EU leaders back use of structural funds to boost lending to firms
BRUSSELS, June 27 (Reuters) - European Union leaders agreed on Thursday to use the EU's structural funds to boost lending to companies in an effort to kick-start growth, mainly in recession-blighted southern Europe.
Finance ministers will choose next month between three options put forward by the European Investment Bank (EIB) and the European Commission to generate between 55 and 100 billion euros of new loans.
The EU is desperate to ignite growth in Greece, Cyprus, Italy, Portugal, Spain and Slovenia so they can pay back their debts, but banks trying to shore up their damaged capital bases are proving reluctant to lend to enterprises.
The hope is that by helping the banks to provide more and cheaper credit, firms in these countries will step up hiring and production so that economy picks up steam again.
As it stands, a company based in the south can pay three or four times the interest that a competitor in the north would pay for the same loan. For example, at recent interest rates, a Cypriot firm will pay 70,000 euros for a 1 million euro loan, while a French one might pay only 21,000.
The Commission and EIB would aim to leverage only around 10 billion euros of EU funds to attract a much larger flow of credit from private investors, mainly banks.
"The European Council ... agreed on the ... expansion of joint risk-sharing financial instruments between the European Commission and the EIB to leverage private sector and capital markets investments in small and medium-sized enterprises (SMEs)," the leaders said in a draft statement.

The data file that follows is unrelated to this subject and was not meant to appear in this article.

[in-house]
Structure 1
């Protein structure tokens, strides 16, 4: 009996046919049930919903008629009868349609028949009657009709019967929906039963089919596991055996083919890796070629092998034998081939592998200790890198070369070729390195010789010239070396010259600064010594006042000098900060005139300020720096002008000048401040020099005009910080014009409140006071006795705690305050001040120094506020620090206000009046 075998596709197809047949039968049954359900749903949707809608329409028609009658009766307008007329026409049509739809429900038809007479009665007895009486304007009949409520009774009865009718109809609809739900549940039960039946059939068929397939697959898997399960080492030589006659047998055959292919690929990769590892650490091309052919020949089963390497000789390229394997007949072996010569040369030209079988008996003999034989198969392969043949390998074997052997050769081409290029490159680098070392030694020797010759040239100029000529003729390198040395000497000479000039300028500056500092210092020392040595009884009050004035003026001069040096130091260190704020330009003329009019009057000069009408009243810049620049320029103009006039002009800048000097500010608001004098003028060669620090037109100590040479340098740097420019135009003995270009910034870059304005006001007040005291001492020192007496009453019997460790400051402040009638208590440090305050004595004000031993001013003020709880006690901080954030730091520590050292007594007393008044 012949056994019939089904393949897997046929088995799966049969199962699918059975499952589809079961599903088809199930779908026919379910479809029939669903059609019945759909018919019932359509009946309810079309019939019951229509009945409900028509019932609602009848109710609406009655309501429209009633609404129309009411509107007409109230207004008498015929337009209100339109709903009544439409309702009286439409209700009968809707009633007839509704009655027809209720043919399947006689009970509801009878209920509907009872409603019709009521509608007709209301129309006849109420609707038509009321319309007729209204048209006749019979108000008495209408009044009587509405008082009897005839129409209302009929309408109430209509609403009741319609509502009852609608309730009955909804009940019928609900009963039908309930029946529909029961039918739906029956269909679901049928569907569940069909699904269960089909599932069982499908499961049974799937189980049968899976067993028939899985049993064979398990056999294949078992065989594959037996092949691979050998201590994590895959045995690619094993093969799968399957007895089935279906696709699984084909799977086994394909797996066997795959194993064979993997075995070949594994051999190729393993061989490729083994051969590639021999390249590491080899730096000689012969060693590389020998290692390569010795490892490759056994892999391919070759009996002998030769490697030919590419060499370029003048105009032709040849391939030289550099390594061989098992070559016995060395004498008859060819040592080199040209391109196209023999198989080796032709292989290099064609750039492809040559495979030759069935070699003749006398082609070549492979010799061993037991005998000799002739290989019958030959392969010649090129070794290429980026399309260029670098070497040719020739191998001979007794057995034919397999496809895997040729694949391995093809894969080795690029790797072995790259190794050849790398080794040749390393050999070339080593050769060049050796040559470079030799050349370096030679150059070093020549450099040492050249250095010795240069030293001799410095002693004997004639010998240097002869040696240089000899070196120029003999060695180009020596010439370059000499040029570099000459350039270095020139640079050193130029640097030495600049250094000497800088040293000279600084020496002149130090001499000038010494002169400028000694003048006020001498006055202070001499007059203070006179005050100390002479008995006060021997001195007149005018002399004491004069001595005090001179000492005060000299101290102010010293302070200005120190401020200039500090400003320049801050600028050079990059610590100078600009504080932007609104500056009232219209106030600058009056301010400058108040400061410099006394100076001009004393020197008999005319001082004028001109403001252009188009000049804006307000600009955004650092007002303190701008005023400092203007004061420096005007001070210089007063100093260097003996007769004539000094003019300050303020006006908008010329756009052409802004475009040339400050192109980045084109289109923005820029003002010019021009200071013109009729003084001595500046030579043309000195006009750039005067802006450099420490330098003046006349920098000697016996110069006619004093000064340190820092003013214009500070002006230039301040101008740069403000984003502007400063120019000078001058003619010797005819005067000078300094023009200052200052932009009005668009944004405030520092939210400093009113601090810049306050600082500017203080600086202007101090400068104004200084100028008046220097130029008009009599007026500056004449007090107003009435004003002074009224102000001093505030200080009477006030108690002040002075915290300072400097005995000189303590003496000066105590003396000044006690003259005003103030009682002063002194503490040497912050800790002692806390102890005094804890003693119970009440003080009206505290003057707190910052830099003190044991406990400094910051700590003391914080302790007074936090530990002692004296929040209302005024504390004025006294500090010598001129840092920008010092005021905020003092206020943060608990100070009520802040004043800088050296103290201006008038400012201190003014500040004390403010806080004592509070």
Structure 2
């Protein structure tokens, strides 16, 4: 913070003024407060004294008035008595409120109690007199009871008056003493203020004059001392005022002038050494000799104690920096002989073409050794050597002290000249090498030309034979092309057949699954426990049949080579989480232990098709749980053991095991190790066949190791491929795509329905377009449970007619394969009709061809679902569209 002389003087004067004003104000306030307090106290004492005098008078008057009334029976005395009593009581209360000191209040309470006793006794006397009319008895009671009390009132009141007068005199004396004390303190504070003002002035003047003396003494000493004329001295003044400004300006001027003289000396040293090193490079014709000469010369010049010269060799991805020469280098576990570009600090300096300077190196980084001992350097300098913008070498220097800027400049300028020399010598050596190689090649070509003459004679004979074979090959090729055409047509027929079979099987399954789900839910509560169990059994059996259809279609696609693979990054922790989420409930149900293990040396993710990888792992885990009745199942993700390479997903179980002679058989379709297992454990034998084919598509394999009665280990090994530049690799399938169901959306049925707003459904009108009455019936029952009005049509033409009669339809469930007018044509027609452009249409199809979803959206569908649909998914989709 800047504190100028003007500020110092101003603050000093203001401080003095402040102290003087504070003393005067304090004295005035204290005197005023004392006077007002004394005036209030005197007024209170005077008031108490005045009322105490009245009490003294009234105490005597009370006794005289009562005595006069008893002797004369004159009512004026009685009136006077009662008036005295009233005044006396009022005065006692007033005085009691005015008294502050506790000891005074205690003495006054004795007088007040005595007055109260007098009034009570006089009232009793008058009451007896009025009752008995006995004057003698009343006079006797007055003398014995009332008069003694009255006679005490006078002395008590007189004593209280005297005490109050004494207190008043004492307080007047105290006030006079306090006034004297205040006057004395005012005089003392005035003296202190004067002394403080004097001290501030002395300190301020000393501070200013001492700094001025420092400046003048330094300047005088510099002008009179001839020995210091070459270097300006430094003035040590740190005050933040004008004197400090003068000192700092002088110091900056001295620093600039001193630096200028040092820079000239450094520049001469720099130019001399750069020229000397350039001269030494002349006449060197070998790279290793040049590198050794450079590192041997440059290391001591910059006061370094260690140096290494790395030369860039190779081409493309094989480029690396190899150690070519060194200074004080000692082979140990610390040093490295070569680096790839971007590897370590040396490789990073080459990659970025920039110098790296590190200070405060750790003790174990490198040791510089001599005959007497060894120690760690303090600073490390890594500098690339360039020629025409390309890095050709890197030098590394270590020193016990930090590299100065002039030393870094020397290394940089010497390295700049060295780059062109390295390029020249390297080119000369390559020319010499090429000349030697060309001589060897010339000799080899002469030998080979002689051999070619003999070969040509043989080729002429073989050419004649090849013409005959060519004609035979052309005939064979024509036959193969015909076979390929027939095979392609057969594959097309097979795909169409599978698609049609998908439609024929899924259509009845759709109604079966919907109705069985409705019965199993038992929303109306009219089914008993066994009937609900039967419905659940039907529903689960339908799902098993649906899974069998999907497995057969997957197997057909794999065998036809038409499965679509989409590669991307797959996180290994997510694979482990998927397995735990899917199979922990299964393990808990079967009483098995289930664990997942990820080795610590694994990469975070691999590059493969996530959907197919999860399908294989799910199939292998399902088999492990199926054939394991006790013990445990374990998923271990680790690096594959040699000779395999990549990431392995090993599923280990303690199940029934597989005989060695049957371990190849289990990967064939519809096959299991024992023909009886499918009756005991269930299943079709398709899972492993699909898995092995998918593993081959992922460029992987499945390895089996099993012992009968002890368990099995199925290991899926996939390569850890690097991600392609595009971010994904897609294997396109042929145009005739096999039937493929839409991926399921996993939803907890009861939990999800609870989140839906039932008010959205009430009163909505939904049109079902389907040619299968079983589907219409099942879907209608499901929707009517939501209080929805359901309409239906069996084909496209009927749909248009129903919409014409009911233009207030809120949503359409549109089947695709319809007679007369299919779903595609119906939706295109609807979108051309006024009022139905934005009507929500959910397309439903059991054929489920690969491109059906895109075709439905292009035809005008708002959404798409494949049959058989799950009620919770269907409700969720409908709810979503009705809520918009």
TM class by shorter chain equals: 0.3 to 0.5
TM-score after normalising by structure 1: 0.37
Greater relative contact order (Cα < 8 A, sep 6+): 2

"These initiatives should ensure that public support significantly expands the volume of new loans to SMEs across the EU."
The chosen scheme is to be deployed from January 2014 an the leaders asked their finance ministers to decide on July 9 which of the options it would be.
The first possibility is that three-quarters of the money would be used to provide guarantees amounting to 50-80 percent of loans.
The remaining quarter would be used to guarantee batches of loans to companies sold as Asset Backed Securities (ABS). The ABSs would be built only of new loans that met quality criteria set by the EIB and the Commission.
This option would generate lending of 55-58 billion euros.
The second option would be to guarantee both new and existing portfolios of loans when they are securitised, but with limits for each country; for example, portfolios of Spanish loans would be guaranteed by Spain's share of the 10 billion euros, as determined by its quota of EU structural funds.
Banks would then have to extend new loans to firms equal to the amount of ABS from new or existing loans that they sell. This would generate an estimated 65 billion euros of lending.
This would be a more troublesome option because banks would try to sell bad loans in one package with good ones, and checking each loan individually would require time and effort for the EIB, raising the cost.
Under a third option, the guarantees would not be allocated by national quotas but pooled.
This last option would generate lending to companies of around 100 billion euros, and reach around 1 million of the small and medium-sized companies that generate most of the EU's growth and jobs.